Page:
Marketing Mondays: On Your Own Terms, A Final Baker's Dozen

Gallery representation is not for everyone. Artists are fully capable of creating careers in more independent ways, especially with the options afforded by Cyberspace.  If a gallery is your goal, your independent successes may make you a more attractive partner for an artist/dealer relationship. Today I offer you the third and final baker's dozen, on having a career on your own terms. Be sure to read through the Comments to reap the benefit of a good deal of collective wisdom.

4.13.09: Promotion
An artist posed this question: “I was wondering about self-promotion versus promotion through a gallery. Do these work together or do they conflict? What are the boundaries?”

6.8.09: Defining Success
The art world paradigm is not the only viable option.

My interview with the author ofThe Artist’s Career Guide. Battenfield is an artist who has also founded and run a gallery, and who now teaches career issues--in addition to having an international career.

The commission process varies widely, because there are many different kinds of commissions—everything from major corporate jobs with architect, consultant and dealer involved, to the small private project that takes place between artist and client.

Midcareer artists ask "How do I get into a gallery?" but many emerging artists have a different question: "Do I need a gallery?"
5.17.10: The Sofa
“What if you don’t want your work to go over the sofa?”  We want to sell. We don’t want to sell out. So beyond that specific piece of furniture, "the sofa" becomes a metaphor for any commercial transaction we feel will debase our work.
7.12.10: How Did You Find a Gallery?
Recently I recommended an artist to one of the galleries I work with. The dealer liked the work, and the artist is now scheduled for a show. Just like that.  For artists who are sending out package after package, this anecdote is no doubt infuriating. But the fact is that more artists find shows through networking than postage.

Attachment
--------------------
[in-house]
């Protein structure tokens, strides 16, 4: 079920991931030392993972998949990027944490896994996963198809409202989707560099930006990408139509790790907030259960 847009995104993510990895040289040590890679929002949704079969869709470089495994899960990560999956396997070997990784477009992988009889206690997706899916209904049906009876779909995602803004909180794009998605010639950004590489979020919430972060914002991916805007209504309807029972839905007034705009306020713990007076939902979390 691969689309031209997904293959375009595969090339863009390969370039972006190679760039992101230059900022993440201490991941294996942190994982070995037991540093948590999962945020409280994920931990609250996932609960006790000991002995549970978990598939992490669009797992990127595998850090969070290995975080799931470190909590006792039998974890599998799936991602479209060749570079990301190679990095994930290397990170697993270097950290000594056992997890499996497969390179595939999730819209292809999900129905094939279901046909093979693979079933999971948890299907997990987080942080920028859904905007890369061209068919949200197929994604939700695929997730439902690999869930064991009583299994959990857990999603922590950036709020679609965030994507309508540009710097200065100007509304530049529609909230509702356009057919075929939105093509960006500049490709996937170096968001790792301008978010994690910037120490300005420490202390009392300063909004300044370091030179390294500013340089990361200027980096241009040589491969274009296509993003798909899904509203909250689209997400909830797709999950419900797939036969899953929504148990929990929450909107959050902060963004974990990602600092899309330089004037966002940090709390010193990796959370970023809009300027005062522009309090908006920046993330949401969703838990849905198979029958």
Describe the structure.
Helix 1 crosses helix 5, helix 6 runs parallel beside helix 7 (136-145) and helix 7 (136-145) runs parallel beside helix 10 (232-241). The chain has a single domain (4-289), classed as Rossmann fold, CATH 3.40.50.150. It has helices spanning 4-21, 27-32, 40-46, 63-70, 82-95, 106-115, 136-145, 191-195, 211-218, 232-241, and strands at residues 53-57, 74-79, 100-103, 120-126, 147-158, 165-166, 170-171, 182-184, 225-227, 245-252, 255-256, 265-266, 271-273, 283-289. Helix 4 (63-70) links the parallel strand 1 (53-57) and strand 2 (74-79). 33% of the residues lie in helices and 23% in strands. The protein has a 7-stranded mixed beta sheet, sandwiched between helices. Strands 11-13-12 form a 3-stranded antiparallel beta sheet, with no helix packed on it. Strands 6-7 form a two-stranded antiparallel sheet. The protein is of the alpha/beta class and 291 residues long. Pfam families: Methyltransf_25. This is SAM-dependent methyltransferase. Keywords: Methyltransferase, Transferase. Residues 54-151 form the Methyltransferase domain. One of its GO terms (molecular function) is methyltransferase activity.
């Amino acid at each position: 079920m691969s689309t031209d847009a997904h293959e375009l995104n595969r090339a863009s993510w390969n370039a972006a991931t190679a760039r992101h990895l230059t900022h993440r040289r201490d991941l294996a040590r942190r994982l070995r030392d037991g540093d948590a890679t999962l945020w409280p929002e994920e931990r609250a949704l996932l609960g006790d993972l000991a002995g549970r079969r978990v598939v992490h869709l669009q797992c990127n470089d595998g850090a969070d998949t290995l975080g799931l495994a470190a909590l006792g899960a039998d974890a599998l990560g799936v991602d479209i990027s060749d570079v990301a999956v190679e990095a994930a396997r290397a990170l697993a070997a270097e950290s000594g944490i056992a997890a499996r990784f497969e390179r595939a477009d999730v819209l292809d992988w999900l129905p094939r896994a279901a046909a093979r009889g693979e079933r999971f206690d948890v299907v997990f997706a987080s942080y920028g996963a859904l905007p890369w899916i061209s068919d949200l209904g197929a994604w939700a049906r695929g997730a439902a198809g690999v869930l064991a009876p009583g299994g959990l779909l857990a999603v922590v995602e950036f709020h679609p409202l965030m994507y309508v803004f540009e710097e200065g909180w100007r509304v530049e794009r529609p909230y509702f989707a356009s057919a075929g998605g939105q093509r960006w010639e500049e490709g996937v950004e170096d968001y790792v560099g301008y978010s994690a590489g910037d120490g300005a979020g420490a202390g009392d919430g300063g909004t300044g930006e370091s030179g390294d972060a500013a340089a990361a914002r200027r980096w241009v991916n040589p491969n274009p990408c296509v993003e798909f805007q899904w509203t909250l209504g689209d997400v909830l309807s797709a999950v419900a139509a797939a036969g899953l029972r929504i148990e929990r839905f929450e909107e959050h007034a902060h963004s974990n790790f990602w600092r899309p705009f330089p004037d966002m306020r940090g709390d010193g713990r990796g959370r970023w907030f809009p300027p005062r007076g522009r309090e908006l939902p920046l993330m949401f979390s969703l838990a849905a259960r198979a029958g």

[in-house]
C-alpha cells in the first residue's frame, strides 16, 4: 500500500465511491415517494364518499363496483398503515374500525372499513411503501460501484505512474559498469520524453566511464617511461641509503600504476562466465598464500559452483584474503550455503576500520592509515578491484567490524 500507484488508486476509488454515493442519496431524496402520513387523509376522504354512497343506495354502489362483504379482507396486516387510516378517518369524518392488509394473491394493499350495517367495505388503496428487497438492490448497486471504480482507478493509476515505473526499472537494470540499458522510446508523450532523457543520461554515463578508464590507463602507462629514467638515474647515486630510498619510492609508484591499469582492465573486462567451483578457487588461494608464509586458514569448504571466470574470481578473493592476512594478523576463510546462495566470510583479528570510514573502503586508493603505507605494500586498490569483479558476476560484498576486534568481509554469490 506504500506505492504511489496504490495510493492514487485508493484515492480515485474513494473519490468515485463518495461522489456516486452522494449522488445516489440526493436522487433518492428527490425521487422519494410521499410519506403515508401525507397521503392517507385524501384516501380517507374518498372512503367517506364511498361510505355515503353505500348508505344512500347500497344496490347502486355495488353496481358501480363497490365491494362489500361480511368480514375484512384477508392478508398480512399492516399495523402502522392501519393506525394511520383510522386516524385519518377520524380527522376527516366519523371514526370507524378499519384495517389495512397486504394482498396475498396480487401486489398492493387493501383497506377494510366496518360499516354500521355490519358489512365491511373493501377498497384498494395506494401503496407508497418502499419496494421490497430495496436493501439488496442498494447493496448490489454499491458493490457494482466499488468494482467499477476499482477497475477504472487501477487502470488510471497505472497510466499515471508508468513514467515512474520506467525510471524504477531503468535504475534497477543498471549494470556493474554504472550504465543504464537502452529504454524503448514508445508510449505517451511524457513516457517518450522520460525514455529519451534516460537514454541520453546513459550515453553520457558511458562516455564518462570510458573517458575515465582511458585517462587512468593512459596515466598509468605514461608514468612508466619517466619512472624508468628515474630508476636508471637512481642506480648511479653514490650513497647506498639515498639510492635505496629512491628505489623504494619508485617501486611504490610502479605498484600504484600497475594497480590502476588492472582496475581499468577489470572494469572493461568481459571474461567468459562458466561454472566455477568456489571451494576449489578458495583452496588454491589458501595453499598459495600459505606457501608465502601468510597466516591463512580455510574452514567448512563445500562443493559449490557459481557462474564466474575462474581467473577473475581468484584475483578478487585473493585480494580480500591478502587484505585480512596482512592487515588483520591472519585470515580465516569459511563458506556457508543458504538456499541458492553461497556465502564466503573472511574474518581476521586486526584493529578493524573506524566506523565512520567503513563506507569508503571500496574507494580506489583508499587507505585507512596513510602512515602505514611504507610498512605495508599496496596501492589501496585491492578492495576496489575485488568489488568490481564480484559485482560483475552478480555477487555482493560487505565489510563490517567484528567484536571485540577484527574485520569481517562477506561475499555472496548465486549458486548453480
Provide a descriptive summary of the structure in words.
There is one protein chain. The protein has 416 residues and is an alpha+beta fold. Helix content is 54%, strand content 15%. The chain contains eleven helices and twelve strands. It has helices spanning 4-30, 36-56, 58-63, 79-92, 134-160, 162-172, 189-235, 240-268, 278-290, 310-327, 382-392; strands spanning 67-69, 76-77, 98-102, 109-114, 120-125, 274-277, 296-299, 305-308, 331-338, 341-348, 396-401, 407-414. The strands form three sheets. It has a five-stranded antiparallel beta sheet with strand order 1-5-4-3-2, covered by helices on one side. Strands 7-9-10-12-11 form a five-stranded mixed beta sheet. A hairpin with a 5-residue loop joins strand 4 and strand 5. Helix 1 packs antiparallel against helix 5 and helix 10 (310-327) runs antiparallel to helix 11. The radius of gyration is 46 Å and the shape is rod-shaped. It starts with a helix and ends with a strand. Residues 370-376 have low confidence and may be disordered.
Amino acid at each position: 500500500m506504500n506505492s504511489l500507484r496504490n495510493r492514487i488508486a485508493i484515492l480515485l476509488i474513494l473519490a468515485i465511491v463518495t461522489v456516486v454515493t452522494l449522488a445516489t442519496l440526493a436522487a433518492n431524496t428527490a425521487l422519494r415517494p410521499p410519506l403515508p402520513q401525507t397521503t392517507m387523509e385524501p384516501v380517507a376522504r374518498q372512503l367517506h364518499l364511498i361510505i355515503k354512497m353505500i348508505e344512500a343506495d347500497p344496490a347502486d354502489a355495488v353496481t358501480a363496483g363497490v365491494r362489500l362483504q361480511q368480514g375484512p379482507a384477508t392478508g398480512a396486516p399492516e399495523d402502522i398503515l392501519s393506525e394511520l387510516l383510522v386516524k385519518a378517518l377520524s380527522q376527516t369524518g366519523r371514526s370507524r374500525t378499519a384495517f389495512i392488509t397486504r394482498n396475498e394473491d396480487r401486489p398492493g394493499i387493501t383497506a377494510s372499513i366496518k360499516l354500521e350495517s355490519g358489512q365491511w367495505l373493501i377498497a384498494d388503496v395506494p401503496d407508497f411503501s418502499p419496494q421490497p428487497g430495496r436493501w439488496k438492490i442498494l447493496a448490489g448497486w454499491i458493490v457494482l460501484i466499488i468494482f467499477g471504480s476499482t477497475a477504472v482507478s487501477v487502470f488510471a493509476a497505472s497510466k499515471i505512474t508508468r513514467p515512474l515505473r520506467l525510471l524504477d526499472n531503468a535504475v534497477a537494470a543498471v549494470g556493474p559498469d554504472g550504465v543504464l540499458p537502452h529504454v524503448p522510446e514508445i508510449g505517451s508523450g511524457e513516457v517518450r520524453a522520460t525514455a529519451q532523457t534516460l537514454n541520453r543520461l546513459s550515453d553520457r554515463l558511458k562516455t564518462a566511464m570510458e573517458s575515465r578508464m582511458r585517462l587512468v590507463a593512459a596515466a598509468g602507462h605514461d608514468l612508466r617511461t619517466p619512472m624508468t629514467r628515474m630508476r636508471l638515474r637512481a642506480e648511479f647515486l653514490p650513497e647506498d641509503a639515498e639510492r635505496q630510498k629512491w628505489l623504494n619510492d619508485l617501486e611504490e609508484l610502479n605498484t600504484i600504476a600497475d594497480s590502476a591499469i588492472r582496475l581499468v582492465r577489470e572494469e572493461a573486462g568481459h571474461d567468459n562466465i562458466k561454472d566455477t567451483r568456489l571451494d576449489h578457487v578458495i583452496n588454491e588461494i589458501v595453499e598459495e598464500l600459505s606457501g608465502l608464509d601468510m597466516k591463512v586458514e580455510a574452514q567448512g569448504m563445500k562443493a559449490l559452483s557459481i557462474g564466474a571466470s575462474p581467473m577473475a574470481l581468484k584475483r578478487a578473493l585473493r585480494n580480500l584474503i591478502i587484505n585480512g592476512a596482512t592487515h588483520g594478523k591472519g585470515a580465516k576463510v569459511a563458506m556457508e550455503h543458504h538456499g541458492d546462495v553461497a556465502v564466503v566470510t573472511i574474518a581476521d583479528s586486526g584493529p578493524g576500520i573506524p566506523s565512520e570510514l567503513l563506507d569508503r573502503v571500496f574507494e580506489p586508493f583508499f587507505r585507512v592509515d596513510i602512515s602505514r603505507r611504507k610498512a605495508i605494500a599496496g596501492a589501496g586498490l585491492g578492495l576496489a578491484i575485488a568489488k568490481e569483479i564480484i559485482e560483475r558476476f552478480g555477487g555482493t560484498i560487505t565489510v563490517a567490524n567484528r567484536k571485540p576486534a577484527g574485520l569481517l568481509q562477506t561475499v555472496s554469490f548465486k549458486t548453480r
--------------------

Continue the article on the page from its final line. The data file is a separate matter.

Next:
Don’t pin all your hopes on an art professional’s visit. But prepare anyway. Related: Selling Out of Your Studio

 We're not corporations but we are sole proprietors, and we can all be helped with feedback and good advice. 
Think a gallery is the only place to show? Think again
Entrepreneurial spirit has led to many respectable opportunities: apartment galleries, flat files, curated online projects and more.
A contract is typically written to protect the writer of the contract. So if a gallery presents you with the contract, you should know that the document is first and foremost designed to protect the gallery.
A dealer doesn’t represent just one artist. Why should you have just one dealer representing you?
3.7.11: "Should I Do An Artists' Fair?"
At the recent Pool Art Fair, held at an East Side hotel during Armory Week in New York City, I took the time to talk with some of the exhibiting artists to see if or how their assessment differed from my own. I went on Sunday afternoon, the fourth and last day of the fair.

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annell said...

Good review of past posts.

Mary Zeran said...

These past two posts have been invaluable. You spell it out for people in a way that isn't intimidating, easy to understand, and broken up into pieces so it isn't overwhelming.

Thank you Joanne! You are a godsend!

Debu Barve said...


Thank you so much for your great writing. It is indeed very helpful. ‘Marketing Mondays’ is sort of benchmarking when it comes to sharing knowledge about art as a profession. Thanks again!